v. Spannaus, 438 U.S. 234, 244, 98 S.Ct. 2716, 2722, 57 L.Ed.2d 727 (1978);
Energy Reserves Group, Inc., v. Kansas Power & Light Co., 459 U.S. 400, 411,
103 S.Ct. 697, 704, 74 L.Ed.2d 569 (1983). This inquiry has three components:
whether there is a contractual relationship, whether a change in law impairs that
contractual relationship, and whether the impairment is substantial. Normally,
the first two are unproblematic, and we need address only the third. In this case,
however, we need not reach the questions of impairment, as we hold that there
was no contractual agreement regarding the specific workers' compensation
terms allegedly at issue.

10

The contracts allegedly impaired by the 1987 statute are employment contracts
entered into after collective bargaining between petitioners and respondents. It

is undisputed that the contracts themselves were formed before the 1981 law
was enacted requiring benefit coordination. It is also undisputed that the
contracts make no express mention of workers' compensation benefits.
Petitioners argue that the workers' compensation law is an implied term of the
contracts, because the parties bargained for other compensation with workers'
compensation benefits in mind. This implied term that was allegedly impaired
by the 1987 statute is defined as: a promise to pay the amount of workers'
compensation required by law for each payment period. Once performance of
this obligation is completed by making payments for any disability period,
petitioners claim that they have a settled expectation that cannot be undone by
later state legislation. Because the 1987 statute "reopens" these closed
transactions, petitioners contend its retroactive provisions violate the Contract
Clause.
11

The Michigan Supreme Court held that the term suggested by petitioners was
not an implied term of the employment contracts between petitioners and
respondents. We "accord respectful consideration and great weight to the views
of the State's highest court," though ultimately we are "bound to decide for
ourselves whether a contract was made." Indiana ex rel. Anderson v. Brand,
303 U.S. 95, 100, 58 S.Ct. 443, 446, 82 L.Ed. 685 (1938). The question
whether a contract was made is a federal question for purposes of Contract
Clause analysis, see Irving Trust Co. v. Day, 314 U.S. 556, 561, 62 S.Ct. 398,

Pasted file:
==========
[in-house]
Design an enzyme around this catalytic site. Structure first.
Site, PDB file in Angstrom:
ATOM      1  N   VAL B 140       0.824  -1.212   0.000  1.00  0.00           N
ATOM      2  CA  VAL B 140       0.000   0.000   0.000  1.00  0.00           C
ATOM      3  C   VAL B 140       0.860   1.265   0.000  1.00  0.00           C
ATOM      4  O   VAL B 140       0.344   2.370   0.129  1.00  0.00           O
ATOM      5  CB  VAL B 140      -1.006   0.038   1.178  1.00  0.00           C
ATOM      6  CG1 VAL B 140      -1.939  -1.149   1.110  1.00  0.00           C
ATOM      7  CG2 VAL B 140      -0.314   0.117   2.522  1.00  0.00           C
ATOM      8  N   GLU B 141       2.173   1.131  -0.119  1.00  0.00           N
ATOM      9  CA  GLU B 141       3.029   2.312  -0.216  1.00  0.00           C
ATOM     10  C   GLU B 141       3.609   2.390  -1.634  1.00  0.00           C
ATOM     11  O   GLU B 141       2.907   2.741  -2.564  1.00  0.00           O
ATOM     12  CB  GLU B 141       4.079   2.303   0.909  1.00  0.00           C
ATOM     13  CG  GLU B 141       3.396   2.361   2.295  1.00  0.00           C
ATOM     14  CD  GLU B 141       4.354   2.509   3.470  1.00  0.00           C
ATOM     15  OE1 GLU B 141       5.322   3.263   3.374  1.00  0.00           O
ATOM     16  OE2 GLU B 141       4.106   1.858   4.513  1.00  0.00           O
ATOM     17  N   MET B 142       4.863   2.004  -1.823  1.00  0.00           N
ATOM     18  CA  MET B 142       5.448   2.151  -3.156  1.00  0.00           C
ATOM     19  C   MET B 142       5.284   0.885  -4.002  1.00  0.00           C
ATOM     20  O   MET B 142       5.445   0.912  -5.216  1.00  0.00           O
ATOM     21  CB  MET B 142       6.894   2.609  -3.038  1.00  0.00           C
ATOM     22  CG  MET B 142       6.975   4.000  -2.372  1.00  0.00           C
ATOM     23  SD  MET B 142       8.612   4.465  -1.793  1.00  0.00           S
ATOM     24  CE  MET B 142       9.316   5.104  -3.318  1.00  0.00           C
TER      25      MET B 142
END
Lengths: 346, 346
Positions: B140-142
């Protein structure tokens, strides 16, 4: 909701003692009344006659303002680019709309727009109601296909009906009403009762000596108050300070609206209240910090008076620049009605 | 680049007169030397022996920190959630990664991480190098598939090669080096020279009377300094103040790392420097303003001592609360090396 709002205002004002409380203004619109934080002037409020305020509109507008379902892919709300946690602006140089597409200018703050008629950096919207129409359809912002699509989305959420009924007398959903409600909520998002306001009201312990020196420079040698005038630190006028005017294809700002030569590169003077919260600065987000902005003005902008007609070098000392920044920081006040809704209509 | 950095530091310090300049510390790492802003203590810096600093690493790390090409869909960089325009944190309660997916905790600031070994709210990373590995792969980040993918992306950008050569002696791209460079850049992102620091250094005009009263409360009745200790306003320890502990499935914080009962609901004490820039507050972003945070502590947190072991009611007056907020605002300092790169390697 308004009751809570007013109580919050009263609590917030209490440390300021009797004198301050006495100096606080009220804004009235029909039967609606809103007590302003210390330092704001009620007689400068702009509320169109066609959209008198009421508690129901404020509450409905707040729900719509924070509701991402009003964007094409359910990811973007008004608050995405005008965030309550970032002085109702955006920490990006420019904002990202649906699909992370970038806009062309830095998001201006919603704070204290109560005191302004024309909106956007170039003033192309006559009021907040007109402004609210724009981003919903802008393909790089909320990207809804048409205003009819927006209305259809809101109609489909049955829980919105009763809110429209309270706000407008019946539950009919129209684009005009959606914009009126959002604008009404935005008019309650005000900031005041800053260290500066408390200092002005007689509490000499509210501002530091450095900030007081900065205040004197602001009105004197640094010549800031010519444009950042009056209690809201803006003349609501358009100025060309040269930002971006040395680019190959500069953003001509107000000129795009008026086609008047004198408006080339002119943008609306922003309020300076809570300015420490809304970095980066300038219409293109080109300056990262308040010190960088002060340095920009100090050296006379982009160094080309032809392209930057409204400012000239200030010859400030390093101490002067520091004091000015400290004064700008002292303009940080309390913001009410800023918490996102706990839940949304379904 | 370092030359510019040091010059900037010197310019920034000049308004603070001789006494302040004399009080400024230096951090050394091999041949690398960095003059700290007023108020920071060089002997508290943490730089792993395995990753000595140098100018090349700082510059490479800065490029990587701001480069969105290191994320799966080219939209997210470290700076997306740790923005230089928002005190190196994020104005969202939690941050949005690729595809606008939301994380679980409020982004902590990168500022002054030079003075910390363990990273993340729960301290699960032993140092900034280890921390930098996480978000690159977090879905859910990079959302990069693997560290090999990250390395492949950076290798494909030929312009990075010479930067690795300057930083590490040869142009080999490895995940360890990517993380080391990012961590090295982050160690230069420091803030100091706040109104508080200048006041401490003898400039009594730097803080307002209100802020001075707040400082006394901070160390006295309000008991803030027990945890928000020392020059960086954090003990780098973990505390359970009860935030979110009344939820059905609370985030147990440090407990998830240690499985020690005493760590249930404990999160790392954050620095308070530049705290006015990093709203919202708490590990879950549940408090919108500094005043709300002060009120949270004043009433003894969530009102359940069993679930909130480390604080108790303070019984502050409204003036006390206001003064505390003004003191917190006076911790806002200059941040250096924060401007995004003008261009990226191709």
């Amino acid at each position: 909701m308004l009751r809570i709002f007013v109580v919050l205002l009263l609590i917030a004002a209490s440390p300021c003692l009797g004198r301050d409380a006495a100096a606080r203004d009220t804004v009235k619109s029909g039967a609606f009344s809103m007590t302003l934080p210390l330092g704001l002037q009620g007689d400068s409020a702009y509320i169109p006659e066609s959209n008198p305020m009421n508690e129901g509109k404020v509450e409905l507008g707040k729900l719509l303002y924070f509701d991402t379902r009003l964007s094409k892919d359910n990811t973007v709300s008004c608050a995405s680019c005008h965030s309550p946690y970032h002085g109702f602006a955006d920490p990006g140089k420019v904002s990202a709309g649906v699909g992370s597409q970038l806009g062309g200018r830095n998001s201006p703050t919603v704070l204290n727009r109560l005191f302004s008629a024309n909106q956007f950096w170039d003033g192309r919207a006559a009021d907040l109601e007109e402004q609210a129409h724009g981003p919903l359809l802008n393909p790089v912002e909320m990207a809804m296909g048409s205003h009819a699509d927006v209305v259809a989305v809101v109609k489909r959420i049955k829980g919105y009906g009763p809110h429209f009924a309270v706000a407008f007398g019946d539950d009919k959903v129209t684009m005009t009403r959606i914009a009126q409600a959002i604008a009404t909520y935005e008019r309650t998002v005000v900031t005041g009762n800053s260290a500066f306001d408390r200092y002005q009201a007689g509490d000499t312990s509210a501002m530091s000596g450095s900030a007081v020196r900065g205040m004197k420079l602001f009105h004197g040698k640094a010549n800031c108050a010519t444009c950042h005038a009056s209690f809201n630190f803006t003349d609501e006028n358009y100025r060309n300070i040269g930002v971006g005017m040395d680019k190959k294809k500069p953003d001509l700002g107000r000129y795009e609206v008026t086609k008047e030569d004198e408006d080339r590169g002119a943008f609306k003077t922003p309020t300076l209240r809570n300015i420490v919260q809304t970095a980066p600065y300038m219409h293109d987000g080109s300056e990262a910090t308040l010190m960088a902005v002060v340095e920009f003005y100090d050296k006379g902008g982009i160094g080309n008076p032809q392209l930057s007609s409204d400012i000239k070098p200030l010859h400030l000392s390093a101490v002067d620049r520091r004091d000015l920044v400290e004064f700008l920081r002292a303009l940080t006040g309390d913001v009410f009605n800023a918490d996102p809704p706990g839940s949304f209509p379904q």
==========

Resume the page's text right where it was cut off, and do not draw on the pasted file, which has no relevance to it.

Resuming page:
401, 86 L.Ed. 452 (1942), and "whether it turns on issues of general or purely
local law, we can not surrender the duty to exercise our own judgment."
Appleby v. City of New York, 271 U.S. 364, 380, 46 S.Ct. 569, 573, 70 L.Ed.
992 (1926). In this case, however, we see no reason to disagree with the
Michigan Supreme Court's conclusion.

12

While it is true that the terms to which the contracting parties give assent may
be express or implied in their dealings, cf. Garrison v. City of New York, 21
Wall. 196, 203, 22 L.Ed. 612 (1875), the contracting parties here in no way
manifested assent to limiting disability payments in accordance with the 1981
law allowing coordination of benefits. The employment contracts at issue were
formed before the 1981 law allowing coordination of benefits came into effect.
Thus, there was no occasion for the parties to consider in bargaining the
question raised here: whether an unanticipated reduction in benefits could later
be restored after the "benefit period" had closed.

13

Petitioners argue that their right to rely on past payment periods as "closed" is a
contractual term "incorporated" by law into the employment contracts,
regardless of the assent, express or implied, of the parties. While petitioners cite
passages from our prior decisions that " 'the laws which subsist at the time and

place of the making of a contract . . . enter into and form a part of it,' " Home
Building & Loan Ass'n v. Blaisdell, 290 U.S. 398, 429-430, 54 S.Ct. 231, 236237, 78 L.Ed. 413 (1934) (quoting Von Hoffman v. City of Quincy, 4 Wall. 535,
550, 18 L.Ed. 403 (1867)), that principle has no application here, since
petitioners have not shown that the alleged right to rely on past payment periods
as closed was part of Michigan law at the time of the original contract. Though
Michigan courts, in awarding interest on unpaid workers' compensation awards,
had held that such awards were more analogous to contractual damages than
tort damages, see, e.g., Wilson v. Doehler-Jarvis Division of National Lead Co.,
358 Mich. 510, 517-519, 100 N.W.2d 226, 229-230 (1960); Brown v. Eller
Outdoor Advertising Co., 139 Mich.App. 7, 14, 360 N.W.2d 322, 326 (1984),
Michigan law does not explicitly imply a contractual term allowing an employer
to depend on the closure of past disability compensation periods. Moreover,
such right does not appear to be so central to the bargained-for exchange
between the parties, or to the enforceability of the contract as a whole, that it
must be deemed to be a term of the contract.
14

Contrary to petitioners' suggestion, we have not held that all state regulations
are implied terms of every contract entered into while they are effective,
especially when the regulations themselves cannot be fairly interpreted to
require such incorporation. For the most part, state laws are implied into private
contracts regardless of the assent of the parties only when those laws affect the
validity, construction, and enforcement of contracts. See United States Trust
Co. of New York v. New Jersey, 431 U.S. 1, 19, n. 17, 97 S.Ct. 1505, 1516, n.
17, 52 L.Ed.2d 92 (1977).

15

While it is somewhat misleading to characterize laws affecting the


enforceability of contracts as "incorporated terms" of a contract, see 3 A.
Corbin, Corbin on Contracts 551, pp. 199-200 (1960), these laws are subject
to Contract Clause analysis because without them, contracts are reduced to
simple, unenforceable promises. "The obligation of a contract consists in its